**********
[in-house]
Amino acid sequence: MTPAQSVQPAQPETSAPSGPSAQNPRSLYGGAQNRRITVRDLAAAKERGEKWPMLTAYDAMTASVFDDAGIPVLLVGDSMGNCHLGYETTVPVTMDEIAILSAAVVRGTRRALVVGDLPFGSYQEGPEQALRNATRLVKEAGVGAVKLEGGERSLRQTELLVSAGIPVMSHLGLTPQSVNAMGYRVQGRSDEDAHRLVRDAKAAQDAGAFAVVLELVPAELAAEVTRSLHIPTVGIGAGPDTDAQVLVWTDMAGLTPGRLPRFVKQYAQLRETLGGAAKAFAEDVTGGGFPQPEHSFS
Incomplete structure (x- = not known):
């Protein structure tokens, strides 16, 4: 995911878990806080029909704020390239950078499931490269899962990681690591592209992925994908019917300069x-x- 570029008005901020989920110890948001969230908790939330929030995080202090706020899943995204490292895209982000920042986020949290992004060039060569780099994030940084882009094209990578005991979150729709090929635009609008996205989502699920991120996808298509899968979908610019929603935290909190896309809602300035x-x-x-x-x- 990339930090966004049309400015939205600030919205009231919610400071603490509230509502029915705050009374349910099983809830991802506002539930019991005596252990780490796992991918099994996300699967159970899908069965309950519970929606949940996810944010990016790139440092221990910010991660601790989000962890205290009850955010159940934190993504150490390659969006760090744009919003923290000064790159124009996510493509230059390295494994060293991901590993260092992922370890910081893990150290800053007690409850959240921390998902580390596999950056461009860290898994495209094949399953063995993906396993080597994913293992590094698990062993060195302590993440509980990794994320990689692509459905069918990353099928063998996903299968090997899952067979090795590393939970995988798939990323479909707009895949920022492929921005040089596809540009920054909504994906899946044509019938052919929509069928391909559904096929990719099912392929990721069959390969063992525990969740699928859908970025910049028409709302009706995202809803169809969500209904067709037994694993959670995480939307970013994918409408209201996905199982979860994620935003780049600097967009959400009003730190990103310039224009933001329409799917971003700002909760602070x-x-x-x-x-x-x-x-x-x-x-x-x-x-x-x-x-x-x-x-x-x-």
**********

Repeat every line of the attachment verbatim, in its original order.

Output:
[in-house]
Amino acid sequence: MTPAQSVQPAQPETSAPSGPSAQNPRSLYGGAQNRRITVRDLAAAKERGEKWPMLTAYDAMTASVFDDAGIPVLLVGDSMGNCHLGYETTVPVTMDEIAILSAAVVRGTRRALVVGDLPFGSYQEGPEQALRNATRLVKEAGVGAVKLEGGERSLRQTELLVSAGIPVMSHLGLTPQSVNAMGYRVQGRSDEDAHRLVRDAKAAQDAGAFAVVLELVPAELAAEVTRSLHIPTVGIGAGPDTDAQVLVWTDMAGLTPGRLPRFVKQYAQLRETLGGAAKAFAEDVTGGGFPQPEHSFS
Incomplete structure (x- = not known):
């Protein structure tokens, strides 16, 4: 995911878990806080029909704020390239950078499931490269899962990681690591592209992925994908019917300069x-x- 570029008005901020989920110890948001969230908790939330929030995080202090706020899943995204490292895209982000920042986020949290992004060039060569780099994030940084882009094209990578005991979150729709090929635009609008996205989502699920991120996808298509899968979908610019929603935290909190896309809602300035x-x-x-x-x- 990339930090966004049309400015939205600030919205009231919610400071603490509230509502029915705050009374349910099983809830991802506002539930019991005596252990780490796992991918099994996300699967159970899908069965309950519970929606949940996810944010990016790139440092221990910010991660601790989000962890205290009850955010159940934190993504150490390659969006760090744009919003923290000064790159124009996510493509230059390295494994060293991901590993260092992922370890910081893990150290800053007690409850959240921390998902580390596999950056461009860290898994495209094949399953063995993906396993080597994913293992590094698990062993060195302590993440509980990794994320990689692509459905069918990353099928063998996903299968090997899952067979090795590393939970995988798939990323479909707009895949920022492929921005040089596809540009920054909504994906899946044509019938052919929509069928391909559904096929990719099912392929990721069959390969063992525990969740699928859908970025910049028409709302009706995202809803169809969500209904067709037994694993959670995480939307970013994918409408209201996905199982979860994620935003780049600097967009959400009003730190990103310039224009933001329409799917971003700002909760602070x-x-x-x-x-x-x-x-x-x-x-x-x-x-x-x-x-x-x-x-x-x-």